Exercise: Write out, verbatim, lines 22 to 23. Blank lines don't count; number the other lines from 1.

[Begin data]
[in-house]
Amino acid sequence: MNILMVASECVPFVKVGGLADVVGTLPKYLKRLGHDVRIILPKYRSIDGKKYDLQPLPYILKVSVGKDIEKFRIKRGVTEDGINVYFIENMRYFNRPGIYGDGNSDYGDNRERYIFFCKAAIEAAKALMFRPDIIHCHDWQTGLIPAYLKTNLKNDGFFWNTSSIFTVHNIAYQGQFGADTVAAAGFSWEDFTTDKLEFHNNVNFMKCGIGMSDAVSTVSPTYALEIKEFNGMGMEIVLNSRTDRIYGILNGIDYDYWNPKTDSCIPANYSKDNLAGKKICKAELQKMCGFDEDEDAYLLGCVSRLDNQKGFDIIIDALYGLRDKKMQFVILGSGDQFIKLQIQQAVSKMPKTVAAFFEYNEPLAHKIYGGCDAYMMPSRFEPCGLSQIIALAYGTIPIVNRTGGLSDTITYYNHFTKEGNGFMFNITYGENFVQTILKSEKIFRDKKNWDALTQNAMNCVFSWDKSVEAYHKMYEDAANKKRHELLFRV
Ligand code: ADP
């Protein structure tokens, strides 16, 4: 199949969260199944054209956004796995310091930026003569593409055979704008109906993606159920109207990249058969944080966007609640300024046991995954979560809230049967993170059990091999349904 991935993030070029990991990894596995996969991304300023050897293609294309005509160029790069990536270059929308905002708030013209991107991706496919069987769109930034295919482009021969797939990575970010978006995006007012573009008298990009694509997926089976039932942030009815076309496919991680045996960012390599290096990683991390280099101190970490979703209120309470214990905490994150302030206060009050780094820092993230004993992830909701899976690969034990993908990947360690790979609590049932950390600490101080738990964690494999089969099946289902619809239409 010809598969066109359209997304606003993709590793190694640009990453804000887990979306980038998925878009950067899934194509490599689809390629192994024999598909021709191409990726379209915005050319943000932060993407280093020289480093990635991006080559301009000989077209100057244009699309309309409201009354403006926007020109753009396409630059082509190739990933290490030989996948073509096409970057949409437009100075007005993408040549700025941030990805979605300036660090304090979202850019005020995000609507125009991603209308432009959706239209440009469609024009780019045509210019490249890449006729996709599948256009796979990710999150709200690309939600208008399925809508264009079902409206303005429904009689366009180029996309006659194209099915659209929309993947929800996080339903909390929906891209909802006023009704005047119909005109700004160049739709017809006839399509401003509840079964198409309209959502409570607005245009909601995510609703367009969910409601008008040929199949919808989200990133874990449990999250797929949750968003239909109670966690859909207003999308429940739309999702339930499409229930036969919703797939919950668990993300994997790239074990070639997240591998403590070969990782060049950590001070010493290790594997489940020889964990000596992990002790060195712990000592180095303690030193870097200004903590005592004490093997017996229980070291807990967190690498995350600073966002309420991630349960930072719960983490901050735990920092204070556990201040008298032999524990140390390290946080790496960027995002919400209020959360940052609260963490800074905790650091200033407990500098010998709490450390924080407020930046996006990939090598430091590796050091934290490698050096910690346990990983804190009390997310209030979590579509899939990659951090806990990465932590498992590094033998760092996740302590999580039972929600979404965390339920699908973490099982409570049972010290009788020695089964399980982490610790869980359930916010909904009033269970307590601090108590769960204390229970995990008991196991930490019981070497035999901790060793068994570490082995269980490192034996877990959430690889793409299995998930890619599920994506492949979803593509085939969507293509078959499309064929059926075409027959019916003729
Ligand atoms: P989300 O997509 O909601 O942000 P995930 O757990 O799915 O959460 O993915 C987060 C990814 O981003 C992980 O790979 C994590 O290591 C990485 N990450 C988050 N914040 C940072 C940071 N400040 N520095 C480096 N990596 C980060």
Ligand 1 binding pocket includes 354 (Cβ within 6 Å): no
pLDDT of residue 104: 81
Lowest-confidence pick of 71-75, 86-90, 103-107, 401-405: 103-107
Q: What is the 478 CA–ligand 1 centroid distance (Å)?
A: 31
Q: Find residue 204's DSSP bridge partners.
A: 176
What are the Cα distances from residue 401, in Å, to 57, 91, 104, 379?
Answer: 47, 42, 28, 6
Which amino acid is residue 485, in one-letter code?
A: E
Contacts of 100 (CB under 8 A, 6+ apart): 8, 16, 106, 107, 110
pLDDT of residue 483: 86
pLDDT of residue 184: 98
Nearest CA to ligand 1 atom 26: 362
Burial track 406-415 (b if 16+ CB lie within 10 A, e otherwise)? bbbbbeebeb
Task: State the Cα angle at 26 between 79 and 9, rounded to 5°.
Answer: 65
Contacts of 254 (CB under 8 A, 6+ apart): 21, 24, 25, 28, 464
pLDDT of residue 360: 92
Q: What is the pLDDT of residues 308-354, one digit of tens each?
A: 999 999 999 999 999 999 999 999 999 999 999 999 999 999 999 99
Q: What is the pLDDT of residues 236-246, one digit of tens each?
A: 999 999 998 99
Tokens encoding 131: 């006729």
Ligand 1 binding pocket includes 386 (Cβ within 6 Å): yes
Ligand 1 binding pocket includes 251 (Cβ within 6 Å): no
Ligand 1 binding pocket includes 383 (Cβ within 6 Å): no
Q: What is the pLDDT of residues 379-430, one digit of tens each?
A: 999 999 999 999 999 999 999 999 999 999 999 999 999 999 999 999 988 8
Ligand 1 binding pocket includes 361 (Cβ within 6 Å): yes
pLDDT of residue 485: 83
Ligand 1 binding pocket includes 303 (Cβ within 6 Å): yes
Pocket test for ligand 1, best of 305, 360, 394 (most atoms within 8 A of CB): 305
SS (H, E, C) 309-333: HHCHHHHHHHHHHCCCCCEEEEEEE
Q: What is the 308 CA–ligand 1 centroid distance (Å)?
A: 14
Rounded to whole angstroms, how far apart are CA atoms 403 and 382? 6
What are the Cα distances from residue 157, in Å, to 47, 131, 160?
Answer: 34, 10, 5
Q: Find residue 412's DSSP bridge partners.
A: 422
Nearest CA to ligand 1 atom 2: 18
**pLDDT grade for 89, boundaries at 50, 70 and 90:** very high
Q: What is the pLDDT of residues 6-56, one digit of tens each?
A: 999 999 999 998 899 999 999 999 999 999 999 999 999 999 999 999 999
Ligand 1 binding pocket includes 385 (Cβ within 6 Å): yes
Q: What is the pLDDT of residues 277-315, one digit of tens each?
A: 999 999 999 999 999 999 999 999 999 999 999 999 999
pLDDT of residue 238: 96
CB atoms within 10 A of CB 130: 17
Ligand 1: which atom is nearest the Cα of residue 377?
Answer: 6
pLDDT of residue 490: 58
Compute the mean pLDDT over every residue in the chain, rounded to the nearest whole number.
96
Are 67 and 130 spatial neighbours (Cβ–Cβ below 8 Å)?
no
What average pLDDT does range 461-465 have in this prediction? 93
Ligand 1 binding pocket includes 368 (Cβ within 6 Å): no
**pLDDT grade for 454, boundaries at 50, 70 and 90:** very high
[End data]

Task: State the Cα angle at 26 between 79 and 9, rounded to 5°.
Answer: 65